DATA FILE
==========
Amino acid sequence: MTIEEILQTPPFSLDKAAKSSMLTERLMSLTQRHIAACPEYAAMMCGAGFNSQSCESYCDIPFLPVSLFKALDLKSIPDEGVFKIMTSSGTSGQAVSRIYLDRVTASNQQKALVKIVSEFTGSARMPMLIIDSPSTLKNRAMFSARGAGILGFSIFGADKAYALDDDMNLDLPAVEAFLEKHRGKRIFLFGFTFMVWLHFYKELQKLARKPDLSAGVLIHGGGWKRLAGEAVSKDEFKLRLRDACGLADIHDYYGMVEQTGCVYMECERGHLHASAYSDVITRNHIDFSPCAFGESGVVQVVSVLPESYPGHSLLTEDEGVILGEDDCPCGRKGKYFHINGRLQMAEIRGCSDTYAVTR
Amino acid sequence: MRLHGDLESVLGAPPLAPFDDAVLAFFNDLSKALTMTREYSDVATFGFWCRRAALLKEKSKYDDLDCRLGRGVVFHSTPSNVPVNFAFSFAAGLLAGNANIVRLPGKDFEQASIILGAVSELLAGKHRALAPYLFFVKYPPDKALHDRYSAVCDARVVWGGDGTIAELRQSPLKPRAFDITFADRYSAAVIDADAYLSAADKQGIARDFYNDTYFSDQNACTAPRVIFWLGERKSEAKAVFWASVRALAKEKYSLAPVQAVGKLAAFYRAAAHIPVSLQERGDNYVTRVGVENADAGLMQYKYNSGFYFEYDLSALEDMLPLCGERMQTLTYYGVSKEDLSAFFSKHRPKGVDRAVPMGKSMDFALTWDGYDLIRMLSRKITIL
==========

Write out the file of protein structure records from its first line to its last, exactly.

Amino acid sequence: MTIEEILQTPPFSLDKAAKSSMLTERLMSLTQRHIAACPEYAAMMCGAGFNSQSCESYCDIPFLPVSLFKALDLKSIPDEGVFKIMTSSGTSGQAVSRIYLDRVTASNQQKALVKIVSEFTGSARMPMLIIDSPSTLKNRAMFSARGAGILGFSIFGADKAYALDDDMNLDLPAVEAFLEKHRGKRIFLFGFTFMVWLHFYKELQKLARKPDLSAGVLIHGGGWKRLAGEAVSKDEFKLRLRDACGLADIHDYYGMVEQTGCVYMECERGHLHASAYSDVITRNHIDFSPCAFGESGVVQVVSVLPESYPGHSLLTEDEGVILGEDDCPCGRKGKYFHINGRLQMAEIRGCSDTYAVTR
Amino acid sequence: MRLHGDLESVLGAPPLAPFDDAVLAFFNDLSKALTMTREYSDVATFGFWCRRAALLKEKSKYDDLDCRLGRGVVFHSTPSNVPVNFAFSFAAGLLAGNANIVRLPGKDFEQASIILGAVSELLAGKHRALAPYLFFVKYPPDKALHDRYSAVCDARVVWGGDGTIAELRQSPLKPRAFDITFADRYSAAVIDADAYLSAADKQGIARDFYNDTYFSDQNACTAPRVIFWLGERKSEAKAVFWASVRALAKEKYSLAPVQAVGKLAAFYRAAAHIPVSLQERGDNYVTRVGVENADAGLMQYKYNSGFYFEYDLSALEDMLPLCGERMQTLTYYGVSKEDLSAFFSKHRPKGVDRAVPMGKSMDFALTWDGYDLIRMLSRKITIL